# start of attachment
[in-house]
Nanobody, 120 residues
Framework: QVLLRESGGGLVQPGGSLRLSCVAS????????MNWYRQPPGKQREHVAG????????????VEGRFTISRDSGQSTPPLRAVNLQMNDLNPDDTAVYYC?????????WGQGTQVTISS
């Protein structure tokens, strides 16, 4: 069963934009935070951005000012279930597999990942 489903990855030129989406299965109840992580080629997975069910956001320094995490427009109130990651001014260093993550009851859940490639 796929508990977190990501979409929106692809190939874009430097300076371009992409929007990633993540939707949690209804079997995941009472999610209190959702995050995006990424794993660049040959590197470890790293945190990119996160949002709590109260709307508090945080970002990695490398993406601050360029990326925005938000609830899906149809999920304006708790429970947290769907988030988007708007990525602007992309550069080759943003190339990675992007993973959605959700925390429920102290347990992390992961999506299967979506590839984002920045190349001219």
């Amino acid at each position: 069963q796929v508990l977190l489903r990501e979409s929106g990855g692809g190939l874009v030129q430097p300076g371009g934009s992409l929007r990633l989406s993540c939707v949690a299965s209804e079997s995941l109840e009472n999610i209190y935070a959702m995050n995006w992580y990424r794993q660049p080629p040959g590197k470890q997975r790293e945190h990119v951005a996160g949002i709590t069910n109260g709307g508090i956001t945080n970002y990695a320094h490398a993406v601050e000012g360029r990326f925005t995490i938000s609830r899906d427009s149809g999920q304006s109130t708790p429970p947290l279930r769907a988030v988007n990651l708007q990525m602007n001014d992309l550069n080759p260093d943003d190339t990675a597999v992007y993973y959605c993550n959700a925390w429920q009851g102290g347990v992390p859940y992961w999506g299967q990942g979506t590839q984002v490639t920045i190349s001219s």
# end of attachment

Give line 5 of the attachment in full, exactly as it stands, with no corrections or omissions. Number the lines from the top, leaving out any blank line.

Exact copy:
């Amino acid at each position: 069963q796929v508990l977190l489903r990501e979409s929106g990855g692809g190939l874009v030129q430097p300076g371009g934009s992409l929007r990633l989406s993540c939707v949690a299965s209804e079997s995941l109840e009472n999610i209190y935070a959702m995050n995006w992580y990424r794993q660049p080629p040959g590197k470890q997975r790293e945190h990119v951005a996160g949002i709590t069910n109260g709307g508090i956001t945080n970002y990695a320094h490398a993406v601050e000012g360029r990326f925005t995490i938000s609830r899906d427009s149809g999920q304006s109130t708790p429970p947290l279930r769907a988030v988007n990651l708007q990525m602007n001014d992309l550069n080759p260093d943003d190339t990675a597999v992007y993973y959605c993550n959700a925390w429920q009851g102290g347990v992390p859940y992961w999506g299967q990942g979506t590839q984002v490639t920045i190349s001219s």